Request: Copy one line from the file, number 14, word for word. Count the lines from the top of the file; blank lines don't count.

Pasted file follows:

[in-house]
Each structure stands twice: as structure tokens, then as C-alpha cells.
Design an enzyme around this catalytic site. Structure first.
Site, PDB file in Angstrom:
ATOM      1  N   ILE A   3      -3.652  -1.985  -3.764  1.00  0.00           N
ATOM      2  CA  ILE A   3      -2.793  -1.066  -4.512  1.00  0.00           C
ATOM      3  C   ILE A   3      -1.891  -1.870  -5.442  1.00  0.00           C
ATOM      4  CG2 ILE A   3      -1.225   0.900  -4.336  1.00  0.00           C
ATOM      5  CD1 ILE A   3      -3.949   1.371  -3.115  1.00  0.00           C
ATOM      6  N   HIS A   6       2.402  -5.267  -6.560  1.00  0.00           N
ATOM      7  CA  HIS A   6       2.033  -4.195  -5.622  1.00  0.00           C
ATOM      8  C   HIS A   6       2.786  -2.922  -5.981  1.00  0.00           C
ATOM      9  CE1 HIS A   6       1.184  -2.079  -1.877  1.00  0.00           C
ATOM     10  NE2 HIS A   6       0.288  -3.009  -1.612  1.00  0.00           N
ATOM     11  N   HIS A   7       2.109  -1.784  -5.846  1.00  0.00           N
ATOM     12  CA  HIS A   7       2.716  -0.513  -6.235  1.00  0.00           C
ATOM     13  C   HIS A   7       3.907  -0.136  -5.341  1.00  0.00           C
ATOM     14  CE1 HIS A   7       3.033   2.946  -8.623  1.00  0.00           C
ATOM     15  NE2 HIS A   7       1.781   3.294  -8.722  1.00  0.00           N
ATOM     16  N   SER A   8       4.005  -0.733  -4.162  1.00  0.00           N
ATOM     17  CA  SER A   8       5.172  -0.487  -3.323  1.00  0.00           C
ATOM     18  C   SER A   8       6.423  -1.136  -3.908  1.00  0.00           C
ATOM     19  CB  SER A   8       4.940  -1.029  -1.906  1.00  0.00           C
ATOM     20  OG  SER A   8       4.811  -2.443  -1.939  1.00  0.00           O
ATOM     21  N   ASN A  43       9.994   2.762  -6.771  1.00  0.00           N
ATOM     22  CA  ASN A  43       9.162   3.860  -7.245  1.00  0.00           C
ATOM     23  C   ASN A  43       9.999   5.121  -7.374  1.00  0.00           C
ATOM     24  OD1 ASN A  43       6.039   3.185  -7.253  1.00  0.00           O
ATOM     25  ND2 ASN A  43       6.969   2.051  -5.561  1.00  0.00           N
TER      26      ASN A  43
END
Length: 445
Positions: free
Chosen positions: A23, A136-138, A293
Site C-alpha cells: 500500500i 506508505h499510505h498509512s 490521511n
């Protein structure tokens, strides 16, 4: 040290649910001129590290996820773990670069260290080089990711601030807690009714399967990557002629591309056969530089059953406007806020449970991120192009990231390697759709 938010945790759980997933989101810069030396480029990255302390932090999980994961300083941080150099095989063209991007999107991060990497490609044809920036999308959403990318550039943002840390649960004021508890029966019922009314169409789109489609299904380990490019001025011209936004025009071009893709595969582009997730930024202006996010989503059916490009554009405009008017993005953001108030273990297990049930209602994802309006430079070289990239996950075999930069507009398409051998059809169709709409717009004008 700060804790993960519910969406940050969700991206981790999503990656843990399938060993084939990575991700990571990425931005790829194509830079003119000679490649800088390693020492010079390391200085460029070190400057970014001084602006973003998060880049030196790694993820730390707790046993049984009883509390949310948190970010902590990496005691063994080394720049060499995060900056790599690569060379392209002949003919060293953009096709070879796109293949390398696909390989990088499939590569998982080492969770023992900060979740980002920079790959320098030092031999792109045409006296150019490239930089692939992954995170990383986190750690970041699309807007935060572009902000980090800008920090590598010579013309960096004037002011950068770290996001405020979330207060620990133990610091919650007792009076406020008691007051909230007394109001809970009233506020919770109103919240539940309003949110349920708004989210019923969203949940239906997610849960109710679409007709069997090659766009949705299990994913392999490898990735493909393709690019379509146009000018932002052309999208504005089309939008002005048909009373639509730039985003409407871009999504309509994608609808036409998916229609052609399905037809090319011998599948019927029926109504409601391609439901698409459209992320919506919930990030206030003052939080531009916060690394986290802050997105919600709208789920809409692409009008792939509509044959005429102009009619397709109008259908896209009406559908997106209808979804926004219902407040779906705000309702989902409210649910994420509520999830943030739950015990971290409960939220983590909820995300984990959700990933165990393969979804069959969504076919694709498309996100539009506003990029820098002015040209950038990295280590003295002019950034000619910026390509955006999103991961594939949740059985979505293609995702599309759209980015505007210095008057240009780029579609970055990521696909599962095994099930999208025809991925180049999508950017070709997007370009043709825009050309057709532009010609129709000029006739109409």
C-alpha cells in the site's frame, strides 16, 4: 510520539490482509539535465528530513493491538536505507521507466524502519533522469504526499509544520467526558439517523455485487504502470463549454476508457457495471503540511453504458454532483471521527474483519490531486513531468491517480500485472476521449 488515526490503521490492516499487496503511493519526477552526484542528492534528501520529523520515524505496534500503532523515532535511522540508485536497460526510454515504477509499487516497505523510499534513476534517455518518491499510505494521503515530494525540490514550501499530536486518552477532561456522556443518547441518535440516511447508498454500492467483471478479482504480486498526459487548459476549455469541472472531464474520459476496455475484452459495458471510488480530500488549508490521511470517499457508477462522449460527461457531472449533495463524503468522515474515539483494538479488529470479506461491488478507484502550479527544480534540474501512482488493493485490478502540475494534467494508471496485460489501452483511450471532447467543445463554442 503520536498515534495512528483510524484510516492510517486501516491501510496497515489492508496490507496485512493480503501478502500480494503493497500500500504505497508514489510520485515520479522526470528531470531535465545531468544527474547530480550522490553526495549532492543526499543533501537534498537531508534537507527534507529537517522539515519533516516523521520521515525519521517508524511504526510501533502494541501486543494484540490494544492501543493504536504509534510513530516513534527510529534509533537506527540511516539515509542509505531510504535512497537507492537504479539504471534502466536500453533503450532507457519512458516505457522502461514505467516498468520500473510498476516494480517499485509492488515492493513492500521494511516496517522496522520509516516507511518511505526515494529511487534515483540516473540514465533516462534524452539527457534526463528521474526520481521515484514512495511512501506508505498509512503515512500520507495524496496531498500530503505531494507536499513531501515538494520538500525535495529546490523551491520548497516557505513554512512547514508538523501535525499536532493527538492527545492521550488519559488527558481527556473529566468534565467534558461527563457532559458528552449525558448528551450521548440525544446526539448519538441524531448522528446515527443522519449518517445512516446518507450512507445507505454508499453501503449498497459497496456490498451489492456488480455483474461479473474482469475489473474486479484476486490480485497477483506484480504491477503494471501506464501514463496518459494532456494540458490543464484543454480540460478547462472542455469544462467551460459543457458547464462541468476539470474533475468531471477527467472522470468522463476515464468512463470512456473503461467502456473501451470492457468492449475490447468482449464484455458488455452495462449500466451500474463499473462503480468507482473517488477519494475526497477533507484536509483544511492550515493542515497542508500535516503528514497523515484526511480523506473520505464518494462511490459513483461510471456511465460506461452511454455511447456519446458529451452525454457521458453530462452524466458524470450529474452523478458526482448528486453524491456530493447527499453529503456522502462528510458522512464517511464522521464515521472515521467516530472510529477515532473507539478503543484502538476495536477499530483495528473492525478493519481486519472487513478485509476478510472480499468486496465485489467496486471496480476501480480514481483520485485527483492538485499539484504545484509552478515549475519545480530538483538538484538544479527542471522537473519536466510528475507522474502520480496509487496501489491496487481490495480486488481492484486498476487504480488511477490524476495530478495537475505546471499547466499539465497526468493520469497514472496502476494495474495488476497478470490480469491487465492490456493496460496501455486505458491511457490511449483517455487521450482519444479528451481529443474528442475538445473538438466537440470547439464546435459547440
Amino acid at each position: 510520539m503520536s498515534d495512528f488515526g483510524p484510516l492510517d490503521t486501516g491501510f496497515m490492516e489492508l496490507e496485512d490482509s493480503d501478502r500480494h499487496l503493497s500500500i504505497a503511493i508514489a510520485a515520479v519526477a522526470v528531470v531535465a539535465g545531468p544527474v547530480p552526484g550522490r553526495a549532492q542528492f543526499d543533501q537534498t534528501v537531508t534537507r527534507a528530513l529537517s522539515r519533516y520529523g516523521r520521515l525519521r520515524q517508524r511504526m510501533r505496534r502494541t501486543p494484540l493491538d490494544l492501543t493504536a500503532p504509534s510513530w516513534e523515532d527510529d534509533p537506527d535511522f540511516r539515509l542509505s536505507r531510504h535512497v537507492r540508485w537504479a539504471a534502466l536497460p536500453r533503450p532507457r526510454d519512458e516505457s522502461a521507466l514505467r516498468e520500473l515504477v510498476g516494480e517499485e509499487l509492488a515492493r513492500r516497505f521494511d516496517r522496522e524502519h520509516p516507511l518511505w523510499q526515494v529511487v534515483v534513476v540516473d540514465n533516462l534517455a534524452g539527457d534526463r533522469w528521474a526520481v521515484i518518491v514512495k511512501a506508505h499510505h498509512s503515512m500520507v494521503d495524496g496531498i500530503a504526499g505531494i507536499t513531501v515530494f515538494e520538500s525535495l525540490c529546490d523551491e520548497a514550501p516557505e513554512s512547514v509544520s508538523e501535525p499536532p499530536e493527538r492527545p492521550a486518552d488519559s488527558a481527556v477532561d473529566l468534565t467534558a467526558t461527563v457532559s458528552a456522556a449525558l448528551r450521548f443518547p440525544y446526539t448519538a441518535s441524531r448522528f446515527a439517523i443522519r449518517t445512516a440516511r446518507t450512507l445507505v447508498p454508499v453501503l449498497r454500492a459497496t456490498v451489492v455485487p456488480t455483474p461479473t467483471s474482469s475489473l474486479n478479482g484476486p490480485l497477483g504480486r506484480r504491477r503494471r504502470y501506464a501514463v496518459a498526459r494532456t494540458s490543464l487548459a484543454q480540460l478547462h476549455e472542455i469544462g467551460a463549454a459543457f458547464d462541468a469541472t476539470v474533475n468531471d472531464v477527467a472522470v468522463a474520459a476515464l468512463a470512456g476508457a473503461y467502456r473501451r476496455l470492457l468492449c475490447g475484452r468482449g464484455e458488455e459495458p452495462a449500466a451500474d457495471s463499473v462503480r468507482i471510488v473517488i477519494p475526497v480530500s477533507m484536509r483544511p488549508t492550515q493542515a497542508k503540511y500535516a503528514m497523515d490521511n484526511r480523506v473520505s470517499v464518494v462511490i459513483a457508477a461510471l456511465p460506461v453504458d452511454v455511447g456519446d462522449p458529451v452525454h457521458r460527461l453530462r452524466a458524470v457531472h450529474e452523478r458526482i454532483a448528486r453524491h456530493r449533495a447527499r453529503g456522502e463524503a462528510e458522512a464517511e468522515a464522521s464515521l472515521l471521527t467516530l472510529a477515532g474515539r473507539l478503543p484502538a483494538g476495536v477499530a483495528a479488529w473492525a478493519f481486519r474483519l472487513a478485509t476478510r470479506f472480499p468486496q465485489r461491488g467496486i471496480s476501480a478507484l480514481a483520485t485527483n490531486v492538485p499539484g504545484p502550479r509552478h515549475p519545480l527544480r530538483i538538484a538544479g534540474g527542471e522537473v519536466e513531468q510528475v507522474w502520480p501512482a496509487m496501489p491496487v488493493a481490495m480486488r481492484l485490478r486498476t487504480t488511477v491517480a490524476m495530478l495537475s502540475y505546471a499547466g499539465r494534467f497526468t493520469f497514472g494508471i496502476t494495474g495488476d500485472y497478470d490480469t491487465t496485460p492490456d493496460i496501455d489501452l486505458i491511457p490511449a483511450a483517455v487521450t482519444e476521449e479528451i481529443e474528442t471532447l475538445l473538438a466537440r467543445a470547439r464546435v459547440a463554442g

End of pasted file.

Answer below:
ATOM     10  NE2 HIS A   6       0.288  -3.009  -1.612  1.00  0.00           N